Here are several things that contributed to LSU’s surprise 38-3 drumming of the Yellow Jackets:
1. The embarrassment factor.
While there were a number of low points throughout the season, the Friday after Thanksgiving in Little Rock was, for lack of a better phrase, rock bottom for LSU. Some of the players were angry, some shocked and some seemed just ready for the nightmare to be over. At this time, it appeared to be a strong sense of disenchantment and division on the LSU team and many people started to question if the Tigers had punched the clock after the loss to Alabama in early November.
So for over an entire month this LSU team, less than a year removed from a BCS National Title, had to hear how much of a disappointment they were. And throw in the fact that they were a colossal underdog in the public’s eyes against Georgia Tech, and just maybe that must have motivated the talented bunch from Baton Rouge.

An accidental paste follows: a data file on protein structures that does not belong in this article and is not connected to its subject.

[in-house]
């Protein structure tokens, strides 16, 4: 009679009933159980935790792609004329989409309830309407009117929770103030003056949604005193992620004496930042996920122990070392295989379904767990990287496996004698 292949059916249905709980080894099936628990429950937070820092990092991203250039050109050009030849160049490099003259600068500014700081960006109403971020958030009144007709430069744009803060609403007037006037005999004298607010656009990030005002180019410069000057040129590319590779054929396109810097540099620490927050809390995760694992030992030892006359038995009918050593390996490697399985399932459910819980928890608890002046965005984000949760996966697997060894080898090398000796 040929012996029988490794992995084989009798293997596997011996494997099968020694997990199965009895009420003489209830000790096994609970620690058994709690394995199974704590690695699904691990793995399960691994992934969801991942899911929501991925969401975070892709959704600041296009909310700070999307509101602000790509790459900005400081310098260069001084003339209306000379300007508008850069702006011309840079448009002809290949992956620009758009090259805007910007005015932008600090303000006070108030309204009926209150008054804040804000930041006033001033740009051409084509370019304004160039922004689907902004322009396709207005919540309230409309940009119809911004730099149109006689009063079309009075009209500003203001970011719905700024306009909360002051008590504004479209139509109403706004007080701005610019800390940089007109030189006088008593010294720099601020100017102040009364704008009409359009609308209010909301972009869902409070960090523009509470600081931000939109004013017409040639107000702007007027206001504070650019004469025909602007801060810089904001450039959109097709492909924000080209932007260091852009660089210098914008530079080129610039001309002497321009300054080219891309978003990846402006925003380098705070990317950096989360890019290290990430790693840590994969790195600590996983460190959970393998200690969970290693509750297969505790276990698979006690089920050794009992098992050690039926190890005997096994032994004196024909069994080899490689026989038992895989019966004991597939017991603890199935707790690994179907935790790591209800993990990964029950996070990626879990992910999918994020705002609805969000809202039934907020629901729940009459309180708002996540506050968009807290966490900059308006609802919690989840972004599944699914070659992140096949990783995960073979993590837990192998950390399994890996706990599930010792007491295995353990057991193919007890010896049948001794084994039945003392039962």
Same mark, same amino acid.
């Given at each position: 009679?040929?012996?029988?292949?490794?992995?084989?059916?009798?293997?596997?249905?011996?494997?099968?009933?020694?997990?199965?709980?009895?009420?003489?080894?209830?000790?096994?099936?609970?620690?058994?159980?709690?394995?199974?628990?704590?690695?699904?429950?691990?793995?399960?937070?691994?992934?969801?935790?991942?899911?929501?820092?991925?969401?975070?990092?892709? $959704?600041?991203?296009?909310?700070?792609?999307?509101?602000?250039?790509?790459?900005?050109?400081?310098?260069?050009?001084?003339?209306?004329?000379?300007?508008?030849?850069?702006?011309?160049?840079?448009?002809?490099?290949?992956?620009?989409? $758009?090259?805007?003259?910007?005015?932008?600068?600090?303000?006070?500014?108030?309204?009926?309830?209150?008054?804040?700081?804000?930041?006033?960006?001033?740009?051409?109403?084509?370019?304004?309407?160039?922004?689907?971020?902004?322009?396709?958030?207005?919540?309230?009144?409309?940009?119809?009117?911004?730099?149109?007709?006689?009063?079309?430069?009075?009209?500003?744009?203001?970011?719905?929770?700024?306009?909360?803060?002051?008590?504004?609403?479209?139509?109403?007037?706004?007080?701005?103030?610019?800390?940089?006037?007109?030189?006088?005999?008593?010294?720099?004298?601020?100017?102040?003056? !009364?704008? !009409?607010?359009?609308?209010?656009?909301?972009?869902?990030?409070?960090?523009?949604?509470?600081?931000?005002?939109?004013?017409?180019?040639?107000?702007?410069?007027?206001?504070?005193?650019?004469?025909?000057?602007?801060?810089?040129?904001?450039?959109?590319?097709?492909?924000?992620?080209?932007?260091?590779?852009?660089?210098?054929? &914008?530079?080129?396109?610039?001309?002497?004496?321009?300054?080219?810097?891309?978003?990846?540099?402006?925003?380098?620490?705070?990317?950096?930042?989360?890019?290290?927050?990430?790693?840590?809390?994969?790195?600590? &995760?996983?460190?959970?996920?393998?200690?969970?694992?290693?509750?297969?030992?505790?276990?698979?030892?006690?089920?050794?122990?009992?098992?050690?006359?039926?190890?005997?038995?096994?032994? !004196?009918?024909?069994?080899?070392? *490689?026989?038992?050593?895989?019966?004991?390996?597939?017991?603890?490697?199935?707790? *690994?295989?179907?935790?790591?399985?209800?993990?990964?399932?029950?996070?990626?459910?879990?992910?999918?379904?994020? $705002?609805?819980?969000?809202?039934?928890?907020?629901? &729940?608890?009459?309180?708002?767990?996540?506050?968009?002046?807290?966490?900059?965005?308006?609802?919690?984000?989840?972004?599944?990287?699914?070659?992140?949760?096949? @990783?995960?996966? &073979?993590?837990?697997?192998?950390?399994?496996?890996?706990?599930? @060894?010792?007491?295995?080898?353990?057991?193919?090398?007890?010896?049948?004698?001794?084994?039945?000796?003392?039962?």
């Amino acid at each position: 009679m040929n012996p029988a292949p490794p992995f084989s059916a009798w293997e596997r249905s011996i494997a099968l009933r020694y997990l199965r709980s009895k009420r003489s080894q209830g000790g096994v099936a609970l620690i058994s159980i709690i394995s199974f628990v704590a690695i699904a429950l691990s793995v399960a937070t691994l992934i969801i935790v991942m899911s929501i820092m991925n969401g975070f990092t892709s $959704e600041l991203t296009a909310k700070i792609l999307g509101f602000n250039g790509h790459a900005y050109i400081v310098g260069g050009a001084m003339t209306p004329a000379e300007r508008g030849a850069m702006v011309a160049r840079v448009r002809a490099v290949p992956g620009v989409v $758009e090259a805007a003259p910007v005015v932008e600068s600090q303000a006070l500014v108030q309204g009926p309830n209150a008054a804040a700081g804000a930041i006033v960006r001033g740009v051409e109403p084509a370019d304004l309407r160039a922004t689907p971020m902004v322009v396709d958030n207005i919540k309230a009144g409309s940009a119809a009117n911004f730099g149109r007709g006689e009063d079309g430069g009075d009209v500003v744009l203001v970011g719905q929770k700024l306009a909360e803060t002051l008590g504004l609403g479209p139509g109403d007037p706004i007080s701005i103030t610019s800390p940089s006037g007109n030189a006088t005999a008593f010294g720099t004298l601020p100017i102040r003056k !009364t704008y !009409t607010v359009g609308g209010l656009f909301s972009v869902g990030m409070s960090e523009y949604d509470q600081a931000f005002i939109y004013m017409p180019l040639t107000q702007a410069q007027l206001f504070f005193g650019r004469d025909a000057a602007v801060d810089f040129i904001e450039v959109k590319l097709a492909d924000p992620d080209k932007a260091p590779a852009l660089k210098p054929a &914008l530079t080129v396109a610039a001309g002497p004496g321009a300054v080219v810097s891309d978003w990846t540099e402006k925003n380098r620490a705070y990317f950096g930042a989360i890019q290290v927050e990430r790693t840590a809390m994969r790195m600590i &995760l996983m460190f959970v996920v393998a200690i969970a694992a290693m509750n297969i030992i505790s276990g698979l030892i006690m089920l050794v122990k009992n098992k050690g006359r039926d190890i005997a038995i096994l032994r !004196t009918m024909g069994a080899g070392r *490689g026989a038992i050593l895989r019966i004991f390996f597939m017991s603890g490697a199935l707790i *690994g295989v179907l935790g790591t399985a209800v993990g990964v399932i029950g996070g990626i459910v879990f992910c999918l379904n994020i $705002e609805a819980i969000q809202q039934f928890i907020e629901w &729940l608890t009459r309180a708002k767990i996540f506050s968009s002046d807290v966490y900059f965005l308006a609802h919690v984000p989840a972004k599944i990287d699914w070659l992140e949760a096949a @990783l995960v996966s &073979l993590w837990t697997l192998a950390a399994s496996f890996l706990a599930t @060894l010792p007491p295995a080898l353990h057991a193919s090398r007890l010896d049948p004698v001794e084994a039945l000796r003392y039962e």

Linebacker Perry Riley, who earned defensive MVP honors in the game said, “We played with an energy that we haven’t played with all year.”
That’s an understatement Perry.
It could have been that the Tigers were playing at supersonic speed that night, but Tech’s option ground game looked like they were running through a tar pit.
2. It was a must win for Miles.
We all know that in the modern age of football, it’s all about “what have you done for me lately.”
Forget the fact that Les Miles has a record of 42-11 during his time at LSU and has produced two SEC western division titles (2005,2007), one SEC championship (2007) and one BCS crystal ball (2007). With five losses in the regular season and a coaching staff blunder that led to the Tigers having the worst defense in the SEC this year, Miles was feeling pressure that I’m sure he never could have imagined possible back before the ’08 season began.
It didn’t help that former LSU coach Nick Saban lead SEC west foe Alabama to an undefeated regular season and pulled out the victory in his homecoming to Baton Rouge in November.
It’s no secret, the purple and gold nation was questioning if their coach was a man that could stop the fiasco before the wheels completely dismantled beneath the program.